Accessories – just pimping the ride or must haves?
These days’ cameras can be customised in many ways. This customisation begins very much with the software of the camera itself, what functions you assign to user configurable buttons, what changes you might want to make to the camera’s jpeg output, some cameras also allow you to determine what items appear in the quick access menus.
Camera manufacturers are making it increasingly easier to set your camera body up in a way that’s tailored to your own needs.
But there are other physical customisations available that you can purchase in order to get your camera to look or feel how you want it to.
Let’s take a look at some of the accessories that are available and whether or not they’re actually worth getting.
We’ll start off with some very obvious item(s), that I’m sure you’ll agree are absolute must haves.
Yup, you’ll need at least one lens with your camera, and if you’re buying body only, then you’ll have to select which lens(es) you want.
The X-Pro1 was, as you’ll probably know, released with three prime lenses. Yup primes, the de rigueur 18-55 didn’t arrive until later.
The X-Pro1 was designed around these 3 original lenses; they were (to the best of my knowledge) always destined for each other… Think salt and vinegar or Lennon and McCartney!
My absolute go too lens is the XF35. Physically small and light weight, it’s a fast prime (F1.4) that comes in at a FF equivalent of about 50mm (give or take). 50mm is one of the most popular focal lengths in the world, much is written about why, it’s a bit of a Goldilocks length – not too tele and not to wide. Some say that 50mm is also about the focal length of the human eye and presents the world as we’re using to seeing it (others say that would be closer to 40mm).
For me? Well back when I was 15 (which was quite a while ago, back in the 1980s) my Dad lent me his Pentax K1000 and 50mm (both of which I still have) and my interest in photography was taken to a new level. (Previously I’d been running about with one of those disc film cameras, if you remember them?!) So for me at least, 50mm has been for a while, how I’m used to seeing the world through a view finder.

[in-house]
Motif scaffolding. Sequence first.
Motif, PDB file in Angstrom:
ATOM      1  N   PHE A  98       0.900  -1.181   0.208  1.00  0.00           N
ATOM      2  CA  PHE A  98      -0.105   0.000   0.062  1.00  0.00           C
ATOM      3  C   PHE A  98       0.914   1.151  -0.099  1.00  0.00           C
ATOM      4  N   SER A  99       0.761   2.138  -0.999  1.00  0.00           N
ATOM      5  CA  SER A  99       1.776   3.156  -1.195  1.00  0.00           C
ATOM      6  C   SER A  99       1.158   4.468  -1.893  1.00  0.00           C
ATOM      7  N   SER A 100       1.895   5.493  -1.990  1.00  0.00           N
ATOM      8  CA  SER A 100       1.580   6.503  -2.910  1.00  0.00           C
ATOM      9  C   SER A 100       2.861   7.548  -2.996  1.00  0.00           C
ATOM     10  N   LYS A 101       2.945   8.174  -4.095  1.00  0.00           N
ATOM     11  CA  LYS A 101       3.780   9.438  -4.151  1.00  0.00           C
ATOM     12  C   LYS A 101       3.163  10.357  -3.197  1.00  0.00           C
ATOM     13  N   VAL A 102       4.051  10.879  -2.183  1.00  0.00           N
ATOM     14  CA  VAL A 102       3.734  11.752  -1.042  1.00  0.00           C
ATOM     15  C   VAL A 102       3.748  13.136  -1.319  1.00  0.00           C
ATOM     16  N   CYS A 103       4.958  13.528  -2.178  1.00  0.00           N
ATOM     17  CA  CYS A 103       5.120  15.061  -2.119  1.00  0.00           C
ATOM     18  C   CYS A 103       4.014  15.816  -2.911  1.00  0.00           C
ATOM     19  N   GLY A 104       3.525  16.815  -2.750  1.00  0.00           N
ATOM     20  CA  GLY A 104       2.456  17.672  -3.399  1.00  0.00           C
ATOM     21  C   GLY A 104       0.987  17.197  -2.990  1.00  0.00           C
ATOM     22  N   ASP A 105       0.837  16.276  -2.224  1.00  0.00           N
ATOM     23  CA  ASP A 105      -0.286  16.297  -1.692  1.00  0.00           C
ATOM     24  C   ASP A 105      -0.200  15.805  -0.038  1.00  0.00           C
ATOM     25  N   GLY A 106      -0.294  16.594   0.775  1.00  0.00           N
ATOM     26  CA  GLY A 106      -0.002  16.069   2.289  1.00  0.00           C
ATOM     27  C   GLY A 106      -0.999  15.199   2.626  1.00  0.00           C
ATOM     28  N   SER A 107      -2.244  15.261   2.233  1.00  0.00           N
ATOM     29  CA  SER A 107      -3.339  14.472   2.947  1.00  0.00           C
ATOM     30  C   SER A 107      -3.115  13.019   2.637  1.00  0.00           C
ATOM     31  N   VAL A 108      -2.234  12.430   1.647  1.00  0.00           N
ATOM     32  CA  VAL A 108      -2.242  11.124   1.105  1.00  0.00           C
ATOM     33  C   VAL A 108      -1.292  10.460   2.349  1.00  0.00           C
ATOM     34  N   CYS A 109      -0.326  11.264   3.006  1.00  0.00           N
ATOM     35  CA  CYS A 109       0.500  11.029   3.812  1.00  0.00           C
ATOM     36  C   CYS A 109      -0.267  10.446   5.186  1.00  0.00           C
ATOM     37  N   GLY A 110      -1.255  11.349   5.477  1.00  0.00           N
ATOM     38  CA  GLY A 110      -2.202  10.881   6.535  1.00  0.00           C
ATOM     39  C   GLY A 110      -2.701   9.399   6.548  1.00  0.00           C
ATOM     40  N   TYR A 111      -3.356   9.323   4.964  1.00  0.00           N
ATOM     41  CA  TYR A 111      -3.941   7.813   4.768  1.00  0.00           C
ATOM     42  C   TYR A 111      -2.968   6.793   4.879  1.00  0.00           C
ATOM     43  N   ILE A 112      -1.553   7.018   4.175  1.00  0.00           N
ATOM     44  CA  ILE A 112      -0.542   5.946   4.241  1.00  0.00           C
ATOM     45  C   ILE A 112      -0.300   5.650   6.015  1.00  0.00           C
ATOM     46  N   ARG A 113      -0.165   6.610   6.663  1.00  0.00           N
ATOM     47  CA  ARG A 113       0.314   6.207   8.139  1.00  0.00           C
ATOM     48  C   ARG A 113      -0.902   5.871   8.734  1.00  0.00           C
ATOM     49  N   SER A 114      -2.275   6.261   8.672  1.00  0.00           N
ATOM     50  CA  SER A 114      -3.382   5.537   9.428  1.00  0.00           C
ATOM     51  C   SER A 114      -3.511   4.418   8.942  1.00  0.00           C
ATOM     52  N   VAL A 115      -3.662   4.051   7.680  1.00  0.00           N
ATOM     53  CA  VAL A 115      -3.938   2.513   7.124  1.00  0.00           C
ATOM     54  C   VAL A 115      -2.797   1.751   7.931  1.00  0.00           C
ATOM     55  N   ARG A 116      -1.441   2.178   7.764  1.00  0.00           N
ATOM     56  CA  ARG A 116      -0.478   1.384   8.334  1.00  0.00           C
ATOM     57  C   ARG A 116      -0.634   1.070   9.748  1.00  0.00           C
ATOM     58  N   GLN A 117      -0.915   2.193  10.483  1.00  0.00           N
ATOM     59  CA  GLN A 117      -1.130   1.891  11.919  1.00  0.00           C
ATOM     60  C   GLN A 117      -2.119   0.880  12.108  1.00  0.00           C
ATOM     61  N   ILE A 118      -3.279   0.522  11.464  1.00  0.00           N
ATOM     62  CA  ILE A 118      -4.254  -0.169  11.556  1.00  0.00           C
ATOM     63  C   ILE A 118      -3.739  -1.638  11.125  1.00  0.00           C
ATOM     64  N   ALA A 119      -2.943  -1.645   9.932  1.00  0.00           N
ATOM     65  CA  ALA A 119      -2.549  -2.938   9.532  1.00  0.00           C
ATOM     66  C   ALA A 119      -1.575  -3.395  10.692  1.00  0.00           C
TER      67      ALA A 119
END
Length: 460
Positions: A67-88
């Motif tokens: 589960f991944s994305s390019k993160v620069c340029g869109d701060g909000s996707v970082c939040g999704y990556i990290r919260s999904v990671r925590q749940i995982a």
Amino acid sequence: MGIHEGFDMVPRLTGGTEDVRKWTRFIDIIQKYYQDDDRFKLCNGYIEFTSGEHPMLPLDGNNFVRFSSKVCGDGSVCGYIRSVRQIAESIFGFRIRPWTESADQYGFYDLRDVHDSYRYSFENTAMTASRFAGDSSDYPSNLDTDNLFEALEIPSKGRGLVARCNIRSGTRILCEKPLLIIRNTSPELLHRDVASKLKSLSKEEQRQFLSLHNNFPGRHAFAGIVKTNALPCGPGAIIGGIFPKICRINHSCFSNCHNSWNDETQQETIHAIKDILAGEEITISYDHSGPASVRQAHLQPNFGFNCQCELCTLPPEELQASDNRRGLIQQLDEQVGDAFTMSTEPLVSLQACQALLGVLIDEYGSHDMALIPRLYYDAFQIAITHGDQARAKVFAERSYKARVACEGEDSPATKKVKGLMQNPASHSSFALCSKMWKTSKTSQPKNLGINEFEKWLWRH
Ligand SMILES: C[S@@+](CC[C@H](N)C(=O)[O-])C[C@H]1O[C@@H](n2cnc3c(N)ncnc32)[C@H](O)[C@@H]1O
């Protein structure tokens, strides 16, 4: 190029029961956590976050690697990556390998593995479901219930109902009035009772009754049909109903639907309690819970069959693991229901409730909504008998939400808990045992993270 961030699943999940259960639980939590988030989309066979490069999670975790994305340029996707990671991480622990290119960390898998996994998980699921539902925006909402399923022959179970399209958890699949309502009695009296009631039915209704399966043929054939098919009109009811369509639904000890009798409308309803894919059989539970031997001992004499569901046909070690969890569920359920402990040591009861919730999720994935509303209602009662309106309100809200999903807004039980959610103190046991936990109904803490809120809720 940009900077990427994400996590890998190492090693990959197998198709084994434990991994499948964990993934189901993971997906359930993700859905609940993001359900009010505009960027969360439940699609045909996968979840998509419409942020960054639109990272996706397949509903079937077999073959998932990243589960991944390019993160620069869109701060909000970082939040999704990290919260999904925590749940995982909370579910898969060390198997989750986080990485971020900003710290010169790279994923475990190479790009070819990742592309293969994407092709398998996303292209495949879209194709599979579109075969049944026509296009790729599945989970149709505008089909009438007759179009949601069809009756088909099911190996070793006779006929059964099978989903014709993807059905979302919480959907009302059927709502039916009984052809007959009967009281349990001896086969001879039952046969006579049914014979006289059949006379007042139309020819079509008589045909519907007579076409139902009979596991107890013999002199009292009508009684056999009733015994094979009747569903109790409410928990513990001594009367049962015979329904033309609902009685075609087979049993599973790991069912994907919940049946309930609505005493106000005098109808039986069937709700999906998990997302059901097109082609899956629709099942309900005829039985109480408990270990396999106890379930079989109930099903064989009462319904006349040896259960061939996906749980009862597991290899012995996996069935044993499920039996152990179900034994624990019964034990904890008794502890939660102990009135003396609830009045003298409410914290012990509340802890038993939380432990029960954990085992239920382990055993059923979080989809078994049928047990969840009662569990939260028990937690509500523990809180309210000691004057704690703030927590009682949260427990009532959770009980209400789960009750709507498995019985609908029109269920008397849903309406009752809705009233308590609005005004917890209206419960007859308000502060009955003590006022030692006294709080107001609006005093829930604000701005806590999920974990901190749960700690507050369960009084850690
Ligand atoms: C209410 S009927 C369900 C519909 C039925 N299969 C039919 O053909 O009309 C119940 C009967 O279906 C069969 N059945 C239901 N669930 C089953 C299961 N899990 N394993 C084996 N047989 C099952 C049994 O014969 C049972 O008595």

The XF35 is to me, an instant classic. A great lens that’s optically correct, in that it requires no in built (or external) software processing to achieve a correct image and produces wonderful rendering.
There’s a newer XF35 (a F2) which has the advantages of weather sealing and quicker/quieter AF motors, and it’s a tad cheaper. It requires software correction to produce an non-distorted image and is a stop slower. (This software correction is handled in camera, and by the majority of RAW post processing software)
The XF18 was Fujifilm’s original wide angle option. This lens is very small and even lighter than the 35! It requires software correction to produce an acceptable image and is a stop slower than the 35, opening ‘only’ to F2.
The 18 is quite frequently criticised. Largely because the 18-55 is sharper at the corners (@18). But the 18 is still in my opinion a good lens. For serious landscapers and architecture shots, I’d be the first to suggest a different lens from the Fujifilm line up, the 14 or the 16 or the 10-24.
But the XF18 is of course not without charm and merit! It’s able to focus at a short distance, and was the fastest focusing lens of the original 3. For reportage, street and documentary it’s a very good choice.
The final lens of the original trio is of course the XF60. Which just possibly might be the most despised lens in the whole XF line up! Designed as a middle length tele lens, the XF60 comes up at a FF equivalent of 90mm. The reason the 60 is not highly regarded is two-fold. The AF speed is positively glacial and the later 56mm is faster, both in terms of maximum aperture and AF. The 60 ends up looking like a bit of a relic in comparison.
But of course, this is Fujifilm – there are no bad lenses, just some that are better than others, and the 60 does at least have a party trick up its sleeve – it’s also a 1:2 Macro, the 60 is also very, very sharp and delivers lovely out of focus rendering.
Now I cannot stress strongly enough, I don’t doubt for a millisecond that the XF 16/23/56 primes are in many ways superior to the inaugural 18/35/60.
But the original 3 primes do have in my view some notable advantages over their newer brethren.